Laurence O'Toole

Objects & Paintings

Symmetrical and Conceptual  —  1976-83


An Artist?

From an early age I had the urge to be creative. This found an outlet in my teens through the mediums of music and writing. My guitar playing and composition left a lot to be desired but the composition of poetry flourished. By 1976 the poetry had developed along metaphysical lines and I had begun to envisage the ideas and concepts in a visual form. I was at the time living on a Kibbutz as a long term volunteer. As these ideas took form it so happened that I met a young artist and when we discussed my ideas he promptly offered me some primed canvases, brushes and paint. It was a sweet gesture.

Up until this point my sole artistic achievement had been at the age of eleven, when at Junior School I had painted a fantasied scene from the Battle of Balaclava. My teacher at the time seemed to have appreciated my artistic endeavours and hung it on the wall. This was a first for me. Unfortunately after that the teacher kept encouraging me to undertake something called a collage which at the time just didn’t excite me; so that was that.

In Secondary School after returning from Australia my one recurring memory of art classes were the clay fights. These transpired when we had when working with clay and the teacher not present. Lumps of wet clay of all shapes and sizes were sent flying in all directions. I also remember the teacher’s ire when returning to the created carnage. As I have observed in later years, youth is so often wasted on the youth.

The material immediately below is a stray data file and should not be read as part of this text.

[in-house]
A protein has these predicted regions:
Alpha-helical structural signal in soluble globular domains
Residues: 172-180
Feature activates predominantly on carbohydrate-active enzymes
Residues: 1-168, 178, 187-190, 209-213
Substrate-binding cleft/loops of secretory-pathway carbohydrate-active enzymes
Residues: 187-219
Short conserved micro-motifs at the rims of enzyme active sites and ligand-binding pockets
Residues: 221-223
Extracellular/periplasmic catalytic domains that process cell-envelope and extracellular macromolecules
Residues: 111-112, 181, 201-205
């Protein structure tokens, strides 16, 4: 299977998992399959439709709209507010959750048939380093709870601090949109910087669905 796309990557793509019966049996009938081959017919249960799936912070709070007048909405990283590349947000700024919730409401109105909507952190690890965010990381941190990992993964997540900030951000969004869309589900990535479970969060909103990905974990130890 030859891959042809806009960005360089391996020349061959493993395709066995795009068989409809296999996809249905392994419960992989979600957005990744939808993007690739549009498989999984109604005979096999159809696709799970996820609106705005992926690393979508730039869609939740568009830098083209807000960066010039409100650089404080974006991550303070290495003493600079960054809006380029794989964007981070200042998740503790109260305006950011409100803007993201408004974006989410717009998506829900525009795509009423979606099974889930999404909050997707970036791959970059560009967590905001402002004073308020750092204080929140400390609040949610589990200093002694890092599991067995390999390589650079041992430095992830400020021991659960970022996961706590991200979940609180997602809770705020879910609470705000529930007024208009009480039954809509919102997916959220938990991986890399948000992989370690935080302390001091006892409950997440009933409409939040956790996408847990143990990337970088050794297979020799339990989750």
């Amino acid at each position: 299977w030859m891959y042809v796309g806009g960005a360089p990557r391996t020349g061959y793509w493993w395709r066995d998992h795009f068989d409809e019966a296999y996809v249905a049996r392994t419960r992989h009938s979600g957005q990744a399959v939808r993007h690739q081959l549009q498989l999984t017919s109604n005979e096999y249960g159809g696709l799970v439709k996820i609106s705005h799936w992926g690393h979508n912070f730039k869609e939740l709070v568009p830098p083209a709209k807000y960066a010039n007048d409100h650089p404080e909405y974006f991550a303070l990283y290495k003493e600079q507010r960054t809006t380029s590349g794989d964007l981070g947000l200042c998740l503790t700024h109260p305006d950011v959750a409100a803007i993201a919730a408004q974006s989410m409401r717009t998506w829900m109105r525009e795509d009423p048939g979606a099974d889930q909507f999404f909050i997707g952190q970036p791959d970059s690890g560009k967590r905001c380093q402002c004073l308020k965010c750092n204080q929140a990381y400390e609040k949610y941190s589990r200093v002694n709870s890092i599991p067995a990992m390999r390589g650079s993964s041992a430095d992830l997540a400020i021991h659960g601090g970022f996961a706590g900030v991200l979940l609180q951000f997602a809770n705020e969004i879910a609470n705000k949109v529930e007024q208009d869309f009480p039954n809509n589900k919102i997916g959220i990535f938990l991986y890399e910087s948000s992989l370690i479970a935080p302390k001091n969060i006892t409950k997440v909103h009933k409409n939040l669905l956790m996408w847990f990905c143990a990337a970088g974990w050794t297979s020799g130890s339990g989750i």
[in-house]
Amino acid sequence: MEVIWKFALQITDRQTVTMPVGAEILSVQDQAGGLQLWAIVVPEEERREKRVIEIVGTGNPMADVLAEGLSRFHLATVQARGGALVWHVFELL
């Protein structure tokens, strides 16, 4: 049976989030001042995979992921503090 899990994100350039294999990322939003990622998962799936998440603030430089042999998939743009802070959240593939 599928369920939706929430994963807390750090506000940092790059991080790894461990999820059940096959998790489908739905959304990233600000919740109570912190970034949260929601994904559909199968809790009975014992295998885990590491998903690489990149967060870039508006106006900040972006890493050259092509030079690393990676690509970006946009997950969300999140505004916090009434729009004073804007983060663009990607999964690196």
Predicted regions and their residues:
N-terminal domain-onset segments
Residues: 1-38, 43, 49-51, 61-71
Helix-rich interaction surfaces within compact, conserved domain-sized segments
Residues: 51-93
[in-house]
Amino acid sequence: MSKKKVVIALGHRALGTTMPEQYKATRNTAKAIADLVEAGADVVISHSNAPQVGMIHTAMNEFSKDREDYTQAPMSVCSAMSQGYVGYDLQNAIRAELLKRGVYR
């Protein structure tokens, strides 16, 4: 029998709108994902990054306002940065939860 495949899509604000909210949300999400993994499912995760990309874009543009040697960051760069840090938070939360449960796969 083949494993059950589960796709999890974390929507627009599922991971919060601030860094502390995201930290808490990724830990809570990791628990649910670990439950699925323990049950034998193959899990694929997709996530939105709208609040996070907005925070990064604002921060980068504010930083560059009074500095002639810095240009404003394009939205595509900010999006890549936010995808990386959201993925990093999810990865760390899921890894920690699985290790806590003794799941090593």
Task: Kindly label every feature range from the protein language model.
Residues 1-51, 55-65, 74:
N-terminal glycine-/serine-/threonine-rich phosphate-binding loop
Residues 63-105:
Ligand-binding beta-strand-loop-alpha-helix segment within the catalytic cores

Creating carnage gave me little experience in how to paint an oil painting, for these were the paints that I had been given.

Learning the Hard Way.

I knew nothing of grounds, under painting, binders and mixing agents. The paints I was given were rather stiff. I went to the local town and found an art supplies shop, but what to buy. There were a selection of different coloured liquids and of course my Hebrew wasn’t up to the task. I ended up buying something called a siccative, probably because I liked the sound of the word in my dyslectic way. After painting the first painting, The Journey (1976) in a textured way I did wonder why it took so long to dry in the heat of the summer. It was a long journey of trial and error, of learning by a process of mistakes.

Symmetry and Symbolism.

It was through the use of symmetry and symbolism that I sought to express the metaphysical ideas and themes that I was exploring in the poetry. I had always excelled in technical drawing and here it found its outlet. Mathematics was also was an important component in these early works. The relationship between the written word and the visual arts was the foundation of the early works between 1976-84. What had germinated while living in Israel developed slowly after returning to England.


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